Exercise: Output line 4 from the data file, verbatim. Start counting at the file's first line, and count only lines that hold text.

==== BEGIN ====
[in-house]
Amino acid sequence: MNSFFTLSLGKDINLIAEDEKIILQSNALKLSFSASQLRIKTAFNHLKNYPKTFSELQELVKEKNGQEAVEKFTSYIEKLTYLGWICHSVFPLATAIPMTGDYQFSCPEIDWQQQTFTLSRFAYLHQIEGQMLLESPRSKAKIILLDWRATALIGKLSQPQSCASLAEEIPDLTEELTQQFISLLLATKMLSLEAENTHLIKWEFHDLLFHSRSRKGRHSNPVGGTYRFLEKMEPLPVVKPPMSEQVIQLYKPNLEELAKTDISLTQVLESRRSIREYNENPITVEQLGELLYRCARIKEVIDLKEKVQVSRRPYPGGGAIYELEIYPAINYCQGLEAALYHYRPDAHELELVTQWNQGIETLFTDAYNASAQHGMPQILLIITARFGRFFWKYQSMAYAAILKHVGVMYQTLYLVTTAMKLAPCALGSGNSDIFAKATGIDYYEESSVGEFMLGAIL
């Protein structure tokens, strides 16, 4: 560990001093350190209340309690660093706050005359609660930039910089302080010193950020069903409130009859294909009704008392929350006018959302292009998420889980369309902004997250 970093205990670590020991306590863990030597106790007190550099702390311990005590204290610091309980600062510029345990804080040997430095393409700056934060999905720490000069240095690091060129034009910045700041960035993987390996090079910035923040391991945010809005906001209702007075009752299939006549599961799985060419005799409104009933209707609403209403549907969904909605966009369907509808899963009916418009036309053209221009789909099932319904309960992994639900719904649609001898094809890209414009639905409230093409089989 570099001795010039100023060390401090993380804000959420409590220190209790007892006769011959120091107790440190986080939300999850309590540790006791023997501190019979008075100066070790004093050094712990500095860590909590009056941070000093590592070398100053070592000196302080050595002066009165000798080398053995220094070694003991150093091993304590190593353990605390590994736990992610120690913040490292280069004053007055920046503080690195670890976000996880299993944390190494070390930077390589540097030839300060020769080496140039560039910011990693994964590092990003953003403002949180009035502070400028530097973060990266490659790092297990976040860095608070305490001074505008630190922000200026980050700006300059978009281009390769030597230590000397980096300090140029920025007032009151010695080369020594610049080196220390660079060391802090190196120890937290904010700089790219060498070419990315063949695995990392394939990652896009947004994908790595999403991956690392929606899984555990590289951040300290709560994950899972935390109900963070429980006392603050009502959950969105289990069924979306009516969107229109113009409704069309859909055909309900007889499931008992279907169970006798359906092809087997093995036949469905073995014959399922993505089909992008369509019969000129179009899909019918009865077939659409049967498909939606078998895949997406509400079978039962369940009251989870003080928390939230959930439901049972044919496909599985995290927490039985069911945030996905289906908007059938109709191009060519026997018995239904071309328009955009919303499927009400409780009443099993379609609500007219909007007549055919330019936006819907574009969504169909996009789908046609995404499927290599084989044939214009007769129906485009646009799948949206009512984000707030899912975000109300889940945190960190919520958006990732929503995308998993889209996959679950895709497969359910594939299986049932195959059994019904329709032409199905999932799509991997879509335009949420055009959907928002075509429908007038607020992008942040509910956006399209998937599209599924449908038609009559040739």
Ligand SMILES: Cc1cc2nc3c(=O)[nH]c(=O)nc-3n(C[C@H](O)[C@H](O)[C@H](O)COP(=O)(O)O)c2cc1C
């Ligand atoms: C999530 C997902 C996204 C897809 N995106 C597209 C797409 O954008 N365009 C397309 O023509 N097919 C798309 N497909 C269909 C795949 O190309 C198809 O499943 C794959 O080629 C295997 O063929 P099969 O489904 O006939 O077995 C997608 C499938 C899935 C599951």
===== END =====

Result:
Ligand SMILES: Cc1cc2nc3c(=O)[nH]c(=O)nc-3n(C[C@H](O)[C@H](O)[C@H](O)COP(=O)(O)O)c2cc1C